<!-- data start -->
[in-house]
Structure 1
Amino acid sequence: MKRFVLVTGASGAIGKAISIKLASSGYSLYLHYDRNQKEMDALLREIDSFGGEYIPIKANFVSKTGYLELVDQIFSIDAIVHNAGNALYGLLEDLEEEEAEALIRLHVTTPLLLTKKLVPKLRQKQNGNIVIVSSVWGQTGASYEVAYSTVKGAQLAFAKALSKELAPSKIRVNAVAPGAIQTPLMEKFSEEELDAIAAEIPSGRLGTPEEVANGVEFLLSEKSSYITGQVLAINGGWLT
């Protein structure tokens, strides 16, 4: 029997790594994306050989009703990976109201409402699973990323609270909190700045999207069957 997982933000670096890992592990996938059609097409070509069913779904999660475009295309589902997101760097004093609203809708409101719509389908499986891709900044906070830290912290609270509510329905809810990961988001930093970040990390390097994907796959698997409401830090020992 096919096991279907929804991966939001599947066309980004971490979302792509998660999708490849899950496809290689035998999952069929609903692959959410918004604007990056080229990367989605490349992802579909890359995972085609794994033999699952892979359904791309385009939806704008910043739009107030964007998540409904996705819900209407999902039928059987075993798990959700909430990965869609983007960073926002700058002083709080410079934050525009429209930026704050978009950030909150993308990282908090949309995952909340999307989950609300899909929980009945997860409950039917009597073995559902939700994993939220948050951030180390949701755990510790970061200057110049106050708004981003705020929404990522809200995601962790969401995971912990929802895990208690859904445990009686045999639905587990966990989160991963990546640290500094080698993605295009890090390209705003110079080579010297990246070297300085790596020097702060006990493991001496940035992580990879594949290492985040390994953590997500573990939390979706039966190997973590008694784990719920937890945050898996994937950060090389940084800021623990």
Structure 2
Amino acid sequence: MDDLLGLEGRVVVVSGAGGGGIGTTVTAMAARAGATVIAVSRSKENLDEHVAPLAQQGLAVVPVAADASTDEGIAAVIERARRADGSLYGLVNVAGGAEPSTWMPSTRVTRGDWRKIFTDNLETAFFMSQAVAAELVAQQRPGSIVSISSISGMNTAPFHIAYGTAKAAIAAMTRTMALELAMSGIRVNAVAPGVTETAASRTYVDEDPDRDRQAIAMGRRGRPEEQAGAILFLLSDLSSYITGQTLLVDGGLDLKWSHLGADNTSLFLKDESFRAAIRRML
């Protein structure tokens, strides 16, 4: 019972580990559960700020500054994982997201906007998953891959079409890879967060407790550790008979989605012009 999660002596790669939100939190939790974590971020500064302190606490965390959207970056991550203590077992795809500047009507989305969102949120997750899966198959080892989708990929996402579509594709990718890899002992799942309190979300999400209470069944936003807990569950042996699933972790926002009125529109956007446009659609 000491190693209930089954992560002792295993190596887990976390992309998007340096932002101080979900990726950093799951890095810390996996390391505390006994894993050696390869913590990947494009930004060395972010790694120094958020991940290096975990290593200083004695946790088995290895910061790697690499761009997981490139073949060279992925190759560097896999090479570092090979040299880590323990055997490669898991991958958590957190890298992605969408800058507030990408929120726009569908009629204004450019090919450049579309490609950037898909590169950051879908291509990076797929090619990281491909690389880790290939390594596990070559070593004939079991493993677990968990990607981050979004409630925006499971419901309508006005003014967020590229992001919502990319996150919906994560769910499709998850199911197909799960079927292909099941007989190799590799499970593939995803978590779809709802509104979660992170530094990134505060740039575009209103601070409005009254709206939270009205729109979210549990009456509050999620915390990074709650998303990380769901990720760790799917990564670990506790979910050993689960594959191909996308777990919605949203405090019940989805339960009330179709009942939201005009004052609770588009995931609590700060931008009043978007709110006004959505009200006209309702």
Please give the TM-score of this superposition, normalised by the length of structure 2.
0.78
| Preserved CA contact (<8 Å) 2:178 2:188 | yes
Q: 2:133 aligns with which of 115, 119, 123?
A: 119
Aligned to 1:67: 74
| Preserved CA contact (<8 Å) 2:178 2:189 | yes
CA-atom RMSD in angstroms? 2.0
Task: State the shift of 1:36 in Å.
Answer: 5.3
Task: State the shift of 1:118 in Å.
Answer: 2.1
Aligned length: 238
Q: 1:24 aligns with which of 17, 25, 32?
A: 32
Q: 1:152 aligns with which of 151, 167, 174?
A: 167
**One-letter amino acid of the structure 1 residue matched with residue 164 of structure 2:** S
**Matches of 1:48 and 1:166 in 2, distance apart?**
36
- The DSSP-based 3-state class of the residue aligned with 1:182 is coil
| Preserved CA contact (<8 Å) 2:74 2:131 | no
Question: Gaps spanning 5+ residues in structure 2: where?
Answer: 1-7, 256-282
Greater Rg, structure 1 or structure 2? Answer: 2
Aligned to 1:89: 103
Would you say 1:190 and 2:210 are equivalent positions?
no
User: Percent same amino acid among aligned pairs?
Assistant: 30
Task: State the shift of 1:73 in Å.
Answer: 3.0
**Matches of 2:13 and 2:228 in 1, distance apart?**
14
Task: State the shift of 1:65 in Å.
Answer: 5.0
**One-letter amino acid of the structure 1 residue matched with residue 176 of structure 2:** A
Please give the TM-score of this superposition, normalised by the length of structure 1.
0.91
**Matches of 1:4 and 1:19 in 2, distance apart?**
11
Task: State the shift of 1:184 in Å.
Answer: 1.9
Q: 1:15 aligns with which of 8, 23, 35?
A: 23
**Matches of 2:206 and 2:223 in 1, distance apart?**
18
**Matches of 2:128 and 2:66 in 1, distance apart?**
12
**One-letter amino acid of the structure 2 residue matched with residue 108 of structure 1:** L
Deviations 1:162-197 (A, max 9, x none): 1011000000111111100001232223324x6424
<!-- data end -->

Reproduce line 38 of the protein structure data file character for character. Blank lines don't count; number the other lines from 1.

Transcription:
Task: State the shift of 1:73 in Å.